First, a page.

4th Angels have insights in a way no one else can, having experienced all of the ups and downs of cancer firsthand that allows them to best empower their mentees with knowledge, awareness and hope. The program is telephone-based, allowing connections to form anywhere in the country with mentors and mentees paired as closely as possible with respect to diagnosis, gender and age.
To be matched with an angel through the program, you simply need to submit a request through the 4th Angel Mentoring Program website and complete a brief phone interview. Any adult with cancer or who is caring for a person with cancer is eligible to be matched with a mentor.
For more information on the 4th Angel Mentoring Program, visit 4thAngel.org.
Learning you have cancer is overwhelming. We spoke with Scott Hamilton and YourCareUniverse’s Daniel Hart about the 4th Angel Mentoring Program. which offers free, confidential outreach and support from someone who has successfully made the same journey. Any adult with cancer – or caregiver for a person with cancer – is eligible to be matched with a mentor through the 4th Angel Mentoring Program. Learn more at 4thAngel.org.
Offering free, one-on-one support, 4th Angel Program matches patients and caregivers with mentors who’ve successfully made the same journey.
Out of approximately two million residents in the greater Nashville area, 300,000 do NOT have insurance. And only 50 percent of those know about affordable healthcare clinics nearby. Carol Westlake from the Safety Net Consortium joined us on a recent episode of Community Health Matters to discuss My HealthCare Home, a website connecting patients to healthcare options. View her segment here.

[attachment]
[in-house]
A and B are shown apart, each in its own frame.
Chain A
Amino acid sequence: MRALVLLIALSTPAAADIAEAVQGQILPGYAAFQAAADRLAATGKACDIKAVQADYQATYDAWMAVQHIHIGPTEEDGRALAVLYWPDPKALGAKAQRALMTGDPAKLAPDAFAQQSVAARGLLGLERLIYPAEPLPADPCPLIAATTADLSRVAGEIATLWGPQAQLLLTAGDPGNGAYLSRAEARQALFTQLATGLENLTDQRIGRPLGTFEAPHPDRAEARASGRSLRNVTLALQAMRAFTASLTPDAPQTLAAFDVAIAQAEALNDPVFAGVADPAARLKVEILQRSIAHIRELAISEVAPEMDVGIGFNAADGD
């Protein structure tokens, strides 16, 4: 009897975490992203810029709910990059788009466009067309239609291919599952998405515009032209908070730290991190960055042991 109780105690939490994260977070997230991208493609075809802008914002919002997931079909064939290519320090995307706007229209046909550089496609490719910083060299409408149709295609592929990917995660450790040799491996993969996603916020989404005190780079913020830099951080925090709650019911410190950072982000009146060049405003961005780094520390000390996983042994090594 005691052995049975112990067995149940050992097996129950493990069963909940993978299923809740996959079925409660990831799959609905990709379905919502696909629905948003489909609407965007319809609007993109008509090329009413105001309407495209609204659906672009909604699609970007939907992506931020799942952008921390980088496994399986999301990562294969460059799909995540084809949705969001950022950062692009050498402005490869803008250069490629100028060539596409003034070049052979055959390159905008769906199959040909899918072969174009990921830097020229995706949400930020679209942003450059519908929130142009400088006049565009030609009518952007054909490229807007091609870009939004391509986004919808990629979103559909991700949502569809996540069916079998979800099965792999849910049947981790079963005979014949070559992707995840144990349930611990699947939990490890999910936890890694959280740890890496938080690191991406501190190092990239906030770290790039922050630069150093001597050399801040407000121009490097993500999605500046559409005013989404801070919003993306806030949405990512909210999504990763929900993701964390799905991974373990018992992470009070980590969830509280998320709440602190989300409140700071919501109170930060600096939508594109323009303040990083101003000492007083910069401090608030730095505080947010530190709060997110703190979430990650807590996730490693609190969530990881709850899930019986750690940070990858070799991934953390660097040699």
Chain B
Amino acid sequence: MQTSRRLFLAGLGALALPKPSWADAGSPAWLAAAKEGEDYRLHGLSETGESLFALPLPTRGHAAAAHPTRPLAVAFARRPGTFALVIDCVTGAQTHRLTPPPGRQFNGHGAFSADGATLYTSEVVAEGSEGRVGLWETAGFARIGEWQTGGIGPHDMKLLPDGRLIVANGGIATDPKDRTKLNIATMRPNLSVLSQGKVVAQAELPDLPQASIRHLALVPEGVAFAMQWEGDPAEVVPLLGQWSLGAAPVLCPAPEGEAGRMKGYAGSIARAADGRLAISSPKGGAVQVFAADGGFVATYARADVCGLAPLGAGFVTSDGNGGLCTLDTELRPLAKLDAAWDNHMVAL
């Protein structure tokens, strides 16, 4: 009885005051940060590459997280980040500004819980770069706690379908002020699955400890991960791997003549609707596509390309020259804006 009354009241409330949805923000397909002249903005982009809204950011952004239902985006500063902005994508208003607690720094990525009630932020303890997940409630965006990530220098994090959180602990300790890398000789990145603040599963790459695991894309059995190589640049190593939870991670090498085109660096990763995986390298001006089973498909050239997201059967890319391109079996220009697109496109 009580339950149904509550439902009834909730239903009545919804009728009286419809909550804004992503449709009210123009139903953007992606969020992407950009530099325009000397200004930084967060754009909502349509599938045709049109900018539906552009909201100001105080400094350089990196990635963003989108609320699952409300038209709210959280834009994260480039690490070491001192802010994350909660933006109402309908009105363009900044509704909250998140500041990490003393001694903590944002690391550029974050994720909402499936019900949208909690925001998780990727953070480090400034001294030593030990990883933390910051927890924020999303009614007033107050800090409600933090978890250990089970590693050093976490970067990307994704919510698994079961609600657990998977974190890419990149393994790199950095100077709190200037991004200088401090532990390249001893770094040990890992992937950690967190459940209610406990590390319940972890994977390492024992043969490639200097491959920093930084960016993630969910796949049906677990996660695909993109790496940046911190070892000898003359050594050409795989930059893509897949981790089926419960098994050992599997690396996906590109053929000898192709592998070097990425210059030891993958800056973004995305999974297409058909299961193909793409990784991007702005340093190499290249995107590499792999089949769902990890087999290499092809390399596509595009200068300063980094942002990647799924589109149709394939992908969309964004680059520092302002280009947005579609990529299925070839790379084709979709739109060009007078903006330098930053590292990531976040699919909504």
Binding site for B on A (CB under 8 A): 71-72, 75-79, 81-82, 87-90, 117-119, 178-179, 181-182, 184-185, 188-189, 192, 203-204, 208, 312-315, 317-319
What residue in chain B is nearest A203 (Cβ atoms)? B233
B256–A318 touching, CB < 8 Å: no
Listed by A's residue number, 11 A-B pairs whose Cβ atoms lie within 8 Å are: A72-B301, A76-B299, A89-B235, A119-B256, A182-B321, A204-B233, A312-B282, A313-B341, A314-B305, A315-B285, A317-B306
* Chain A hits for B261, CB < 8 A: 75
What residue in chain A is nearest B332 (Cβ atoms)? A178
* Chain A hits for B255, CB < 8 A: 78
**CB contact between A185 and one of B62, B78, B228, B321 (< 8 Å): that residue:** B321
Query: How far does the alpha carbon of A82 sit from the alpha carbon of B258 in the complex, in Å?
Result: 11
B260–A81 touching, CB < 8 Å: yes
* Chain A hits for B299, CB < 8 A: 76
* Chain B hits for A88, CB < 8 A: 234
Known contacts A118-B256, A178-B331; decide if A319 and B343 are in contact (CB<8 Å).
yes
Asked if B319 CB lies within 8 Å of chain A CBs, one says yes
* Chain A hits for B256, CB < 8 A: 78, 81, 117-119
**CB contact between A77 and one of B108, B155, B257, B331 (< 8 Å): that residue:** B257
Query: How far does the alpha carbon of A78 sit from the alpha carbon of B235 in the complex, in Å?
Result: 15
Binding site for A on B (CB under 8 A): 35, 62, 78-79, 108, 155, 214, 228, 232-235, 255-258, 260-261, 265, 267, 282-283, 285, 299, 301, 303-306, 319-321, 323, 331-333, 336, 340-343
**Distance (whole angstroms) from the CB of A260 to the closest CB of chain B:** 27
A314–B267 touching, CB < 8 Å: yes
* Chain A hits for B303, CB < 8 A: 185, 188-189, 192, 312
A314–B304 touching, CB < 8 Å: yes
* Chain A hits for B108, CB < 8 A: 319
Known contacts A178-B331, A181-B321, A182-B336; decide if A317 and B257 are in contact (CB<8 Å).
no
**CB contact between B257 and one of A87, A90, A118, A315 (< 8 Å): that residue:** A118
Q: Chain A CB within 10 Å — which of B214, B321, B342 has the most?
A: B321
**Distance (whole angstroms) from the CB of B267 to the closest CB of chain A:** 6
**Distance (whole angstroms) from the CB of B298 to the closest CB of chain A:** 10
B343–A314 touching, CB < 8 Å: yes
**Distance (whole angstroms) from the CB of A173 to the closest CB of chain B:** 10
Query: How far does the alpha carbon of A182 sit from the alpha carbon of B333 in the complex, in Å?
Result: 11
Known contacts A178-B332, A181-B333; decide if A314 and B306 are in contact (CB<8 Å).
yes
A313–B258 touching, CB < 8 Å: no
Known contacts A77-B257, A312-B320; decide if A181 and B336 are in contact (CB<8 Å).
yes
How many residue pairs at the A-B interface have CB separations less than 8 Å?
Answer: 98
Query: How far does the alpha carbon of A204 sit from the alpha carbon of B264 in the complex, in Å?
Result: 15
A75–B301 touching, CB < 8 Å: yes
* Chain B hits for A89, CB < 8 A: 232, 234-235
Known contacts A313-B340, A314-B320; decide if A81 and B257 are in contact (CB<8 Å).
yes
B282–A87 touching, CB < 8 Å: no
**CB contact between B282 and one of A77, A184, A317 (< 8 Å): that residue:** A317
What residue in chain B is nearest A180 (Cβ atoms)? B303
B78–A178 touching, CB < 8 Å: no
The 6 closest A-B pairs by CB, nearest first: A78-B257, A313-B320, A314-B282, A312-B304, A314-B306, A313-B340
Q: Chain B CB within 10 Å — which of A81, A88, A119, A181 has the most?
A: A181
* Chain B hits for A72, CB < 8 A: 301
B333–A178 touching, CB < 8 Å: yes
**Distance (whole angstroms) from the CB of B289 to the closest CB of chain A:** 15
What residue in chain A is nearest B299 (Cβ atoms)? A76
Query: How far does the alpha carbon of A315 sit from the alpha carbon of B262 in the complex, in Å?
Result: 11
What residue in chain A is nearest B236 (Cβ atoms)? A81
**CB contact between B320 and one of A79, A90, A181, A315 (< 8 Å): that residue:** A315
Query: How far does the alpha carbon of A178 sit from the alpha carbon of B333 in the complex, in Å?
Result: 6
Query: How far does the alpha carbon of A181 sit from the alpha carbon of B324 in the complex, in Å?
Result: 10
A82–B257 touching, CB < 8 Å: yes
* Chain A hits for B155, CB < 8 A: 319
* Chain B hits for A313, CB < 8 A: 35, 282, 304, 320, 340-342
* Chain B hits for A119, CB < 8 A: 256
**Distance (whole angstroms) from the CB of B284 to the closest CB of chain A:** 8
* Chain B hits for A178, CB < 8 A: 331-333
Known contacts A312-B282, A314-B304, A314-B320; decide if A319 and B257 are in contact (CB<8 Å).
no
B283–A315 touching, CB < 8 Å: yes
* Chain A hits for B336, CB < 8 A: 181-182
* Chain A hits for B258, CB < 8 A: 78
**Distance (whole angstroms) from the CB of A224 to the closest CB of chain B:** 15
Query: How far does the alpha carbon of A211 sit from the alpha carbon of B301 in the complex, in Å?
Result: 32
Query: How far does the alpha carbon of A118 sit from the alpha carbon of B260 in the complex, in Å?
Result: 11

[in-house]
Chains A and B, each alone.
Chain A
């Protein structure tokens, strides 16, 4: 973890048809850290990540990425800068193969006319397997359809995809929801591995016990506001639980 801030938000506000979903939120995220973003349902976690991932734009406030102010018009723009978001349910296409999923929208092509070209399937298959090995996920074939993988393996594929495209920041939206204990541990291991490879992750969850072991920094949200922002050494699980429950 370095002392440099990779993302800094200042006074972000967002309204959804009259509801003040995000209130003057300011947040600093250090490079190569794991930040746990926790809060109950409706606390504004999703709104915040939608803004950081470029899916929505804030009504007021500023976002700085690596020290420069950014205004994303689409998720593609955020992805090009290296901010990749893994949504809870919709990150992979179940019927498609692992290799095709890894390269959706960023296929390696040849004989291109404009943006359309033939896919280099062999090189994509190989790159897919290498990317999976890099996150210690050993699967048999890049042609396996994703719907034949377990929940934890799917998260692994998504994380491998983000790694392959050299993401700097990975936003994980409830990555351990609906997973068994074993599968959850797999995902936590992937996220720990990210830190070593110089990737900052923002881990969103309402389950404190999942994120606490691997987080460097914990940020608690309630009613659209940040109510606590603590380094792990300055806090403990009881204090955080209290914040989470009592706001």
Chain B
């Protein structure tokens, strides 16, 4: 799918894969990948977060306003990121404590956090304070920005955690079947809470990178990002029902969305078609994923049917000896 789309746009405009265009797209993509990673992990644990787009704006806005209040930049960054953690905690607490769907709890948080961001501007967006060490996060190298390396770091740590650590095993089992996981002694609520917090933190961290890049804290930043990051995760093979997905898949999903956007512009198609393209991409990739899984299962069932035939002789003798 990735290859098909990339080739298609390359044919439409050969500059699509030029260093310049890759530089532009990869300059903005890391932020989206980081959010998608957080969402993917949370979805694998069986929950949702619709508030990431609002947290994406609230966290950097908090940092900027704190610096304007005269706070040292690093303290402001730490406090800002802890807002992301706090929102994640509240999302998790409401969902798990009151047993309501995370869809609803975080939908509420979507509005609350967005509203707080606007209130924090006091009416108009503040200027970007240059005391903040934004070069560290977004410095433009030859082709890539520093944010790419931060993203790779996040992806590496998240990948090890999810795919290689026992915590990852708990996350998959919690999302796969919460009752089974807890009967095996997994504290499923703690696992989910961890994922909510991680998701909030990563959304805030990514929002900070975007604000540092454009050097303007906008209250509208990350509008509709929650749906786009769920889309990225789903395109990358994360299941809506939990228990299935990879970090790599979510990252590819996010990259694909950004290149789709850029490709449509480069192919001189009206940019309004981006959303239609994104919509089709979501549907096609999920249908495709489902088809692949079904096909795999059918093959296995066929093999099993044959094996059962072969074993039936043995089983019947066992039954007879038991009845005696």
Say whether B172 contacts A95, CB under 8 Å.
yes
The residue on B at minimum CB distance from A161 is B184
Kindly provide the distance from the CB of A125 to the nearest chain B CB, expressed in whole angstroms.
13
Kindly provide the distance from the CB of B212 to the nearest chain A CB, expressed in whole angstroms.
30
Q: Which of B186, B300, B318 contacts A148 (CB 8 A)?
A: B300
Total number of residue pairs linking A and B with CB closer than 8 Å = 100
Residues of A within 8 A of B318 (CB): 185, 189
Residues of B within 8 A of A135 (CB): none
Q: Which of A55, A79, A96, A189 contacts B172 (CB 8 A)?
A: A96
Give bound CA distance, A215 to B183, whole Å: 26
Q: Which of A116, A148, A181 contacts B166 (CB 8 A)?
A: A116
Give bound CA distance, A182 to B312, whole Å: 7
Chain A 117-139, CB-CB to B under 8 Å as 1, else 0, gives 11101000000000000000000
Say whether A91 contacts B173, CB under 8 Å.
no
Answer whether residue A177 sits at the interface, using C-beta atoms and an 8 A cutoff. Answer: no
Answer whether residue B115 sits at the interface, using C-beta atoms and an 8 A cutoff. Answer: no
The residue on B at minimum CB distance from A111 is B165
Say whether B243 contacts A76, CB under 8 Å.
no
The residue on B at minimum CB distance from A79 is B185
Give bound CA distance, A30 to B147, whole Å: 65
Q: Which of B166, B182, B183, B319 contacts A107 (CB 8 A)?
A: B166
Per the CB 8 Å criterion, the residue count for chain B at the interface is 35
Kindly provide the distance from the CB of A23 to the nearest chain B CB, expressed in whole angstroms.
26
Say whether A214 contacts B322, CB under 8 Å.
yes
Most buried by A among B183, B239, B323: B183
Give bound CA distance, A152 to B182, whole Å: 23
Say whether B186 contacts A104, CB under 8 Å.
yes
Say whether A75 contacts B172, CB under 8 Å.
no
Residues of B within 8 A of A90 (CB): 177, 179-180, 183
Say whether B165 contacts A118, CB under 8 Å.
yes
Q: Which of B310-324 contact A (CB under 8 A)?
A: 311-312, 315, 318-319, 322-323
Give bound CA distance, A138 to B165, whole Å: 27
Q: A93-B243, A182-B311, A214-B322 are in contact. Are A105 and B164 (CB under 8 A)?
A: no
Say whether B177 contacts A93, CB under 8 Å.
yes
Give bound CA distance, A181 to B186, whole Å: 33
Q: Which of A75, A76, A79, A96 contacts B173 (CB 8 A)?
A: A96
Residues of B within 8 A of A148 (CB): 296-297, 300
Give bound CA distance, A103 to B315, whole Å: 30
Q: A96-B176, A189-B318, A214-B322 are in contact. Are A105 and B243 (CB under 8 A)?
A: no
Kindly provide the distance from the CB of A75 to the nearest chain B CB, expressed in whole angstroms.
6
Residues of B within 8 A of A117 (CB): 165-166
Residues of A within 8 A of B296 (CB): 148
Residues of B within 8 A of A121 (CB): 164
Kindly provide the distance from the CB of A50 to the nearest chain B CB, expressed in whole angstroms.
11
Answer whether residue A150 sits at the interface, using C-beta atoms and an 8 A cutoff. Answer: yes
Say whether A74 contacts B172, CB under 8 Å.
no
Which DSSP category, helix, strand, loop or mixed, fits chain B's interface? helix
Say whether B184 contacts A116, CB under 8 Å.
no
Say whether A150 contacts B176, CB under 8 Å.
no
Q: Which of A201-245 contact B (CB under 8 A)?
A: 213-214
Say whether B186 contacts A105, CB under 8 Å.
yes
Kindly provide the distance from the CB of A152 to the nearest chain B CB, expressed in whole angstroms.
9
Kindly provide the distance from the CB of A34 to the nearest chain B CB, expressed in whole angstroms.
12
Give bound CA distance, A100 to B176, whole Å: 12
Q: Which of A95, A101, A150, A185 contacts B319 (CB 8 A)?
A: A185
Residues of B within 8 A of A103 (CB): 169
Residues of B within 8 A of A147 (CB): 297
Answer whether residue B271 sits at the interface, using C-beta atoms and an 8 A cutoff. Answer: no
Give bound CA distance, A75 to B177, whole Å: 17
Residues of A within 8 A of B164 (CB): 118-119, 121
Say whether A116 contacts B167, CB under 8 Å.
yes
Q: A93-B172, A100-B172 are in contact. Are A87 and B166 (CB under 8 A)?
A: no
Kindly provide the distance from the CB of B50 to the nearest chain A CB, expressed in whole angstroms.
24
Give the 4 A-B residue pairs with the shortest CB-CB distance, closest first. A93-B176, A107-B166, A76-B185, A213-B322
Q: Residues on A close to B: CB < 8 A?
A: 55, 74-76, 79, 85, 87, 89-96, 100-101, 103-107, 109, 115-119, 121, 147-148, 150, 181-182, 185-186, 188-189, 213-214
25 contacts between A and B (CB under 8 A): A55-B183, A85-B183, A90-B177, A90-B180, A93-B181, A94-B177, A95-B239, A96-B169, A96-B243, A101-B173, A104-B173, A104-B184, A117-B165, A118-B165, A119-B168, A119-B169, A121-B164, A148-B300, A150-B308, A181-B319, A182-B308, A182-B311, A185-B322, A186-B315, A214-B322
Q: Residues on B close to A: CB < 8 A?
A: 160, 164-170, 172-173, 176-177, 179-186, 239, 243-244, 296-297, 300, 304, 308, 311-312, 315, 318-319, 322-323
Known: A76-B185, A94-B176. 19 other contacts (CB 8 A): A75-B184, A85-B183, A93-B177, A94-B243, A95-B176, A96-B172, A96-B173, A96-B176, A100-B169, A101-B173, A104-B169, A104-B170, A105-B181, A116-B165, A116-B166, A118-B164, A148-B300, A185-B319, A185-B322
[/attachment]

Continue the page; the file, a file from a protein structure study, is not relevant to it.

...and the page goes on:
The mission of the new My HealthCare Home website is to easily and quickly connect the uninsured, underinsured and low-income population of Middle Tennessee to high-quality, accessible and affordable healthcare clinics in their area.
These community-based clinics provide preventive and continuing care and are an alternative to emergency rooms or minute clinics. With more than 50 not-for-profit locations, My HealthCare Home clinics also have specialists on staff at the same affordable prices and include dental and mental health services.
It’s important to note My HealthCare Home does not only provide options for underinsured people, the clinics are a safety net for anyone who needs them. Clinics charge fees based on your income and family size, and serve persons without health insurance or with TennCare, coverage through the Affordable Care Act or employer-based health insurance.
If you struggle to pay for healthcare, visit www.MyHCHtn.org to find clinic locations, services and hours, and the phone number or online registration link to set up an appointment.
300,000 greater Nashville area residents do not have insurance. My HealthCare Home connects people to a regular source of healthcare. Safety Net Consortium’s Carol Westlake explains how it’s helping patients in Middle Tennessee.